The following article was published in 2009, in an attempt to define the importance of the Judge within the framework of a Community-Based Court (Drug, Mental Health, DUI Court, etc.), describing both the importance and limitations of the judicial position.  

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INTRODUCTION

About fifteen years ago, I described the role of the Drug Court Judge in a judge’s manual (J. Tauber, Drug Courts: A Judicial Manual, CJER; 1994).  I wrote, ” A drug Court provides direction and focus through the leadership of a single judge”.  A statement writ large, and in retrospect, an overstatement of the importance of the drug court judge.  For while, the drug court judge is an important reason for the success of the drug court, he or she acts more an enabler than director.  The major actor is “community” itself.

In effect, the drug court judge creates an environment in which successful drug court “communities” can thrive; where a “drug court team” comes together to institutionalize community-based structures for long-term success, and where a “community ” of drug court practitioners and participants exert systemic control over substantial numbers of serious drug offenders. So I suppose, if I were to write a definition of a Drug Court Judge today, it might simply read, ” a judge is the first among equals in a “drug court community”. [Note: the Drug Court Judge is generally described as a drug court practitioner and a member of the “Drug Court Team”, unless otherwise indicated.)

Over the past fifteen years much has happened in the drug court field.  Over 2500 drug courts and other problem solving courts have been established.  Both NADCP and NDCI now serve the field.  And while I presided over my first Drug Court in 1990, I’ve learned a great deal over the years watching, listening and talking to thousands of drug court practitioners and participants across the country and around the globe.  The world of the Drug Court, as well as the drug court practitioner and participant have changed irrevocably and continue to evolve.

I believe that The Community-Based Drug Court described is already in place to a substantial extent in every Drug Court in this country. We don’t always recognize the characteristics that define these court programs as community-involved, institutionalized, or systemic, but they are there.  And while not all Drug Courts or Problem-Solving Courts have moved rapidly towards this Community-Based model, I am convinced that most successful ones are doing so. [Though the analysis focuses largely on the Drug Court, it is in most cases equally applicable to Problem-Solving Courts in general.]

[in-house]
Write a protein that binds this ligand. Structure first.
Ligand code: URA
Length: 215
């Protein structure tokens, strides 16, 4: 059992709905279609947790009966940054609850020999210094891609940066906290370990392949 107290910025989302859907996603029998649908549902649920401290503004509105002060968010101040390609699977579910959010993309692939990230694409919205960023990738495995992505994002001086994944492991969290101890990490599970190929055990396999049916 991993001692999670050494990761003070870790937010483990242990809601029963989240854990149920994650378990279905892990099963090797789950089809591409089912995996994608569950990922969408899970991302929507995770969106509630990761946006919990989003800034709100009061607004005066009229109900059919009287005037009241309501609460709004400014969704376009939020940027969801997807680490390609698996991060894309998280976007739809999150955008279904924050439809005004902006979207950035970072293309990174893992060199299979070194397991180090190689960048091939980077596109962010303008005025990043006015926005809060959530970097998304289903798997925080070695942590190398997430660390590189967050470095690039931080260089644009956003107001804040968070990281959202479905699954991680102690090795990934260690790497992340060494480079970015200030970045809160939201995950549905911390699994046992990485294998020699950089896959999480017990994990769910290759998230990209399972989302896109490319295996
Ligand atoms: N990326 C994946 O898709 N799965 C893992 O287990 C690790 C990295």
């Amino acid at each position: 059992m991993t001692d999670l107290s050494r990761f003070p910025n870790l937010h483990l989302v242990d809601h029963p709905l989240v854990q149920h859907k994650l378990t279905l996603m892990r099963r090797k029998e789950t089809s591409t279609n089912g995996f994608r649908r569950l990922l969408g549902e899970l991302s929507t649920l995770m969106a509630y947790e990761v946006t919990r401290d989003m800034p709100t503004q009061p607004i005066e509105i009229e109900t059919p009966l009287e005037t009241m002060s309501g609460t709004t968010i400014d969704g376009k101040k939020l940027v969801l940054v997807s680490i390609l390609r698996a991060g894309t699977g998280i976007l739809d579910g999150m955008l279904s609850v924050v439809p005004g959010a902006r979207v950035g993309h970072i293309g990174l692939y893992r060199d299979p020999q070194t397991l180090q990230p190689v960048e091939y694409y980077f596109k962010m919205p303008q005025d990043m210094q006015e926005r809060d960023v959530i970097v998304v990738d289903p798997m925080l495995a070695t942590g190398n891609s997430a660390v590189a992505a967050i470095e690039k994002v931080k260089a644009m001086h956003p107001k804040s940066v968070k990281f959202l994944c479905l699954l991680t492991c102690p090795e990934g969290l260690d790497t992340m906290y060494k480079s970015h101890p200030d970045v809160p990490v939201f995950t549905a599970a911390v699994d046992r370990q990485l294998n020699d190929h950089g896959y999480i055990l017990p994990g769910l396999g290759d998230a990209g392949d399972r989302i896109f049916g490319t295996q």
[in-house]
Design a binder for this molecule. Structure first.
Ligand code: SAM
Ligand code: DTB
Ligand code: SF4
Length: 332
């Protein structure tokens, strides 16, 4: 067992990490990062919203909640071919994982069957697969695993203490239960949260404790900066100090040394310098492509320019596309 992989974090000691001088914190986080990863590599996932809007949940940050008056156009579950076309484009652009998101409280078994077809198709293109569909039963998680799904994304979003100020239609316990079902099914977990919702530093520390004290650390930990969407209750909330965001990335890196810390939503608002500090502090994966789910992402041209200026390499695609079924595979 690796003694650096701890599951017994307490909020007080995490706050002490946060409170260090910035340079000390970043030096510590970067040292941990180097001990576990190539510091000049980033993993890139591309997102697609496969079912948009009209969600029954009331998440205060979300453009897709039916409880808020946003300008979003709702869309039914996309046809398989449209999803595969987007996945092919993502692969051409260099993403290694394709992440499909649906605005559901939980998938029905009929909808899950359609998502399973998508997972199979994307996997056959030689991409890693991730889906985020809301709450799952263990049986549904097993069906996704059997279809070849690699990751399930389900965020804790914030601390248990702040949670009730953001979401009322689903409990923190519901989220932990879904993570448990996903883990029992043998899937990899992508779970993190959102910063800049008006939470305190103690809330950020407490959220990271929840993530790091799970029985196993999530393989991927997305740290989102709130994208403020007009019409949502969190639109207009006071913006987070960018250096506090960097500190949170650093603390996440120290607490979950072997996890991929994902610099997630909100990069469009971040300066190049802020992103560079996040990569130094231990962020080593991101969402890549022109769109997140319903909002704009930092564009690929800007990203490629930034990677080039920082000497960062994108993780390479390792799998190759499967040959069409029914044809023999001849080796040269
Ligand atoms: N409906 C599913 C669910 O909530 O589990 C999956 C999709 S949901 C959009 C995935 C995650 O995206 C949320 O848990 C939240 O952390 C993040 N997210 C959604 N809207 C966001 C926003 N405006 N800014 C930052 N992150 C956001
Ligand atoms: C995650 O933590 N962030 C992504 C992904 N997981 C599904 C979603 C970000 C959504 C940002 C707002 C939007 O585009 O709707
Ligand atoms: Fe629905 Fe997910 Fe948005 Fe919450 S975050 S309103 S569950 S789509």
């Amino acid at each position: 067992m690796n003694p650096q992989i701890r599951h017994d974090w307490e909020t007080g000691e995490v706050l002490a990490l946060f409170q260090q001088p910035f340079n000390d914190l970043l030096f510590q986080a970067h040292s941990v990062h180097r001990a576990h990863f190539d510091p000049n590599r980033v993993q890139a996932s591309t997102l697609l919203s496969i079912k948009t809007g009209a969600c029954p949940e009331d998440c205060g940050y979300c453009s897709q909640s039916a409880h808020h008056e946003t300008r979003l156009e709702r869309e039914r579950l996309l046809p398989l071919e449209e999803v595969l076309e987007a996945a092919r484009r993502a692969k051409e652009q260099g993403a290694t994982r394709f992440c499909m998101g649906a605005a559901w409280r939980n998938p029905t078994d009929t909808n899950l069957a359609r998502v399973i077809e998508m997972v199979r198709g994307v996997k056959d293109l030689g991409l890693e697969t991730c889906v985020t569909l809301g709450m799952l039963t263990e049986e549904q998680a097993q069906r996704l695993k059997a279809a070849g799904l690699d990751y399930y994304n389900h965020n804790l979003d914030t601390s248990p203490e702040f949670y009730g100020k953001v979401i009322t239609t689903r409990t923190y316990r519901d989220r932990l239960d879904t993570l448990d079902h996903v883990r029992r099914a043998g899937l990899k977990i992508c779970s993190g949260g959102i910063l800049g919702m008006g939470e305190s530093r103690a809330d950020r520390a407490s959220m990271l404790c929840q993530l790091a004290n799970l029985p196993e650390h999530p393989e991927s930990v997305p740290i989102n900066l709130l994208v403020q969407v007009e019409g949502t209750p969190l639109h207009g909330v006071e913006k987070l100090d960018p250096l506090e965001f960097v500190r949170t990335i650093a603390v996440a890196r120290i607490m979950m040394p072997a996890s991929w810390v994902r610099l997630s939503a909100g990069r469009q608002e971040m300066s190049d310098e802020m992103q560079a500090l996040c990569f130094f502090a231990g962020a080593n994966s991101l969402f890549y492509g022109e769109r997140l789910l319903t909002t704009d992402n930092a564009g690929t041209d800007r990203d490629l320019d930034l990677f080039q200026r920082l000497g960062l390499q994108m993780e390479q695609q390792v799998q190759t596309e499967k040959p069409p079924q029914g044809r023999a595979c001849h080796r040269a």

This article is designed to give you a candid insider’s analysis of the role of the Drug Court Judge [DCJ]  in the Community-Based Drug Court.  In it, I will attempt to discuss the political, emotional, psychological and personal issues that many drug court or problem-solving court judges face.   I will provide straightforward text and then one judge’s perspective (found in bold type)

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LAW AND MORALITY IN DRUG COURTS

September 30,2015

Screen Shot 2014-08-04 at 8.44.52 AMI concur strongly with the recently passed New York State legislation finding Drug Court Judges unqualified to make certain treatment decisions. In my 2001 monograph, “Rational Drug Policy Reform: A Resorce Guide”, I spoke of the Drug court and the Drug Court Judge’s role “to motivate the drug abuser to comply with treatment requirements”, and concluded ” drug courts recognize that drug abuse is not primarily a criminal justice problem, but that the courts are a necessary component of its solution”.

“In 1961, the U.S. Supreme Court in the landmark case, Robinson v. California laid the groundwork for the drug court model. In Robinson, Justice Stewart speaking for the majority held that:

“It is unlikely that any State at this moment in history would attempt to make it a criminal offense for a person to be mentally ill, or a leper, or to be afflicted with a venereal disease. A State might determine that the general health and welfare require that the victims of these and other human afflictions be dealt with by compulsory treatment, involving quarantine, confinement, or sequestration. But, in the light of contemporary human knowledge, a law, which made a criminal offense of such a disease, would doubtless be universally thought to be an infliction of cruel and unusual punishment in violation of the Eighth and Fourteenth Amendments.”

Being an addict would no longer be a “moral affliction”, but be legally recognized as having a disease that needed treatment. While being in possession of illegal drugs was not a status offender and could be punished as a crime, from Robinson onward, treatment would become more acceptable and in some cases the preferred approach to the drug possessor. According to commentators, the Robinson decision spurred both the Nixon and Carter administrations to develop non-penal responses to drug offenders. In the 1970’s for example, TASC, a nationwide federal initiative, was designed to provide a bridge between the addict and the criminal justice system, providing treatment rather than punishment for the drug offender.

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TO BE PUBLISHED IN 2019, NADCP’s 25th Year Anniversary: “A Personal History of NADCP and the Drug Court Movement: 1990-2001”

EDITING: THE FINAL FRONTIER The excerpts from the Book.”A Personal History of NADCP and the Drug Court movement; 1990-2001″, by Jeffrey Tauber, is available on this website, directly below this article (and In the box on the right  marked “Book Updates”). A Final Version is planned for Publication in 2019, the 25th year anniversary of … Read moreTO BE PUBLISHED IN 2019, NADCP’s 25th Year Anniversary: “A Personal History of NADCP and the Drug Court Movement: 1990-2001”